Snapshot

Organic Wastes Are Energy-Rich Resources: Towards A New Era of Productive Alchemy

June 30, 2014

By: Kendall Christiansen

Prediction: by 2020, New York City's wastewater treatment facilities could produce biogas to heat and power their own operations, power some of the agency's fleet, and provide biogas to Con Ed and National Grid pipelines. In addition to the economic benefits, less trash shipped to distant landfills and waste-to-energy facilities reduces truck miles, greenhouse gas emissions from landfills, and creates carbon-positive benefits — all of which are goals of PlaNYC/2030.

How will that prediction be achieved? It's not crystal ball-gazing to see a combination of upgraded and expanded facilities, capable of accepting new sources of materials, or "feedstock" for their anaerobic digesters, complementing the energy potential already present in the city's sewage sludge. Kathryn Garcia, the new Commissioner of Sanitation, notes that digesters love "diner food" — clean, energy-rich, and maybe a little too much fat. But what is anaerobic digestion?[1])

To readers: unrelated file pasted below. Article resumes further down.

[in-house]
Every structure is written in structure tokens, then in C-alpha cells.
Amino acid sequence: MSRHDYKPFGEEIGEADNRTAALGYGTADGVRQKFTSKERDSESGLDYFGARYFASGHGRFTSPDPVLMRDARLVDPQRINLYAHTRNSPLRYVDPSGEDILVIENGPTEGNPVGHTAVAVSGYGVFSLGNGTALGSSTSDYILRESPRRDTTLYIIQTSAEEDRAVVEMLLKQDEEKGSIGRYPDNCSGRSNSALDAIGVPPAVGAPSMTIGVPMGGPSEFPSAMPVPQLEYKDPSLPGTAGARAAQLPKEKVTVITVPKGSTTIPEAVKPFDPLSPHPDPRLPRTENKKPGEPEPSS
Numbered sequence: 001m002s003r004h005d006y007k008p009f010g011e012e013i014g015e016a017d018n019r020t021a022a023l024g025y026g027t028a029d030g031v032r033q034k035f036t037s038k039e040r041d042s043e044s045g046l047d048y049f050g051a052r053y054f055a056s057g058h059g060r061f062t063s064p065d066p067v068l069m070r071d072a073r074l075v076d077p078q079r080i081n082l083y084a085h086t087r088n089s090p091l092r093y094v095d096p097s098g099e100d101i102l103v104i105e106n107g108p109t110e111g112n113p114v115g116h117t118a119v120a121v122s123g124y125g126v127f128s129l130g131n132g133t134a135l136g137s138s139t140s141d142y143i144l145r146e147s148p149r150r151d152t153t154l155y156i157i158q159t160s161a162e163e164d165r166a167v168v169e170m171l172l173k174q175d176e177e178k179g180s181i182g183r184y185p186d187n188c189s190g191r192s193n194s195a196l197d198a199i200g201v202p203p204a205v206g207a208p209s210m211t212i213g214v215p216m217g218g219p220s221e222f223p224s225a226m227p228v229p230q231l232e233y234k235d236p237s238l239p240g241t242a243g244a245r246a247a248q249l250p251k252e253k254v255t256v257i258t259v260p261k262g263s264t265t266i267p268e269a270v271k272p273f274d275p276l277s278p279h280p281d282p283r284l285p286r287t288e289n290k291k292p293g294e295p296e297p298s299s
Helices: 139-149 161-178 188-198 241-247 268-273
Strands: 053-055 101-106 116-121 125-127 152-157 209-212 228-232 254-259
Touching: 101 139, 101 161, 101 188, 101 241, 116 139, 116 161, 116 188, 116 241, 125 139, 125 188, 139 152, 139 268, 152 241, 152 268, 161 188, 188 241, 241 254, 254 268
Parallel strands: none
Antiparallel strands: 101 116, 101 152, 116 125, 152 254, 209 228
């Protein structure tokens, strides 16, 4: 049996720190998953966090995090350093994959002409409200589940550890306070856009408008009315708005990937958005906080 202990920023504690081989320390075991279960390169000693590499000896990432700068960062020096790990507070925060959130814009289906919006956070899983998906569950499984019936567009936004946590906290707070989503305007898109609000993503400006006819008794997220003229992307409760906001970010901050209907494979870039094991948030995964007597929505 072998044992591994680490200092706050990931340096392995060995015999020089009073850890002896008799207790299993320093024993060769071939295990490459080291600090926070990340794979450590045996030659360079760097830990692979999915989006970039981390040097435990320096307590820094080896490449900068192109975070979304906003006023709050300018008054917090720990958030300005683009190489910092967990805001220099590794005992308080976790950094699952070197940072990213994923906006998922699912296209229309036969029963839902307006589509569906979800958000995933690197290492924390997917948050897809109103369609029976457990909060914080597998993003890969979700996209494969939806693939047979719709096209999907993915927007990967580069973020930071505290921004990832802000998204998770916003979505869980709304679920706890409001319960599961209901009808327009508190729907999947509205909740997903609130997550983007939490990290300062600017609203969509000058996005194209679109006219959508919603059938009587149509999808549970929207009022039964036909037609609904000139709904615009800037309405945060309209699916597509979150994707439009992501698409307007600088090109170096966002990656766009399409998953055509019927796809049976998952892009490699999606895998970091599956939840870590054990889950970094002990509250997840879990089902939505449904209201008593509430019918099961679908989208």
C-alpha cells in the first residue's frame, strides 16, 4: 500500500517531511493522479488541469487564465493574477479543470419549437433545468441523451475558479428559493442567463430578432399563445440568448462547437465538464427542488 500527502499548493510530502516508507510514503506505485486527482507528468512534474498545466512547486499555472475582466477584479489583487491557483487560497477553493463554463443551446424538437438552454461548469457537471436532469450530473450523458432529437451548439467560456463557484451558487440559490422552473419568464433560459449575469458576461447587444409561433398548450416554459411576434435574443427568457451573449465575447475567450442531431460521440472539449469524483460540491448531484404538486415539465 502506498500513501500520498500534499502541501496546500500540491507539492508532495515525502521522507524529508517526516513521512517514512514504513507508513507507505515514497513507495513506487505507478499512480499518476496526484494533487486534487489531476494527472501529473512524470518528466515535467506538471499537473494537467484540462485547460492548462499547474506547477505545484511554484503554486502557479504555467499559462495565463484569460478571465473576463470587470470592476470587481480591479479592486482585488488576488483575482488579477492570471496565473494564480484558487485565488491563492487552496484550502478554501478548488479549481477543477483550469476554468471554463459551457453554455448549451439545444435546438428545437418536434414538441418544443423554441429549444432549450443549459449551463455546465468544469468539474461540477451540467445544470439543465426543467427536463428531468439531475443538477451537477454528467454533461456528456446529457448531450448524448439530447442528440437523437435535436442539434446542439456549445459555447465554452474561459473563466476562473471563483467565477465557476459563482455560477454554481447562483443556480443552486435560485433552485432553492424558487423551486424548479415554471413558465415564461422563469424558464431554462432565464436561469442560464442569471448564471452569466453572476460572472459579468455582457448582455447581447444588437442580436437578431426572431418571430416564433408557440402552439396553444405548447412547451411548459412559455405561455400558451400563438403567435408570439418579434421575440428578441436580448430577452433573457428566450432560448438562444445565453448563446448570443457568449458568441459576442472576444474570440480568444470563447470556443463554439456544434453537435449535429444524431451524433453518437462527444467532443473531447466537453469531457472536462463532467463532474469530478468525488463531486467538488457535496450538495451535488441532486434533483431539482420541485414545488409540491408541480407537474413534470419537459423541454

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Llewellyn Wells

Snapshot

Eco Districts: Making NYC More Sustainable & Resilient, One Neighborhood at a Time

April 30, 2014

By: Llewellyn Wells

What is an Eco District? I am glad you asked.

"An Eco District is a neighborhood or district with a broad commitment to accelerate neighborhood-scale sustainability. Eco Districts commit to achieving ambitious sustainability performance goals, guiding district investments and community action, and tracking the results over time. An Eco District is a neighborhood committed to sustainability with the components of empowered people, green buildings and smart infrastructure."

But why now, and more importantly, why in New York City?

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Aleksi Neuvonen & Tuuli Kaskinen

Snapshot

Gatekeepers: Unsung Heroes Of A Smart Economy?

March 02, 2014

By: Aleksi Neuvonen & Tuuli Kaskinen

Ever had to personally refurbish a house? Ever had to think of buying windows, replacing the old roof with a new one or changing the heating system? Have you taken energy efficiency and climate emissions into consideration when making these decisions? Anyone who has gone through all this knows the right answers and solutions can be hard to come by.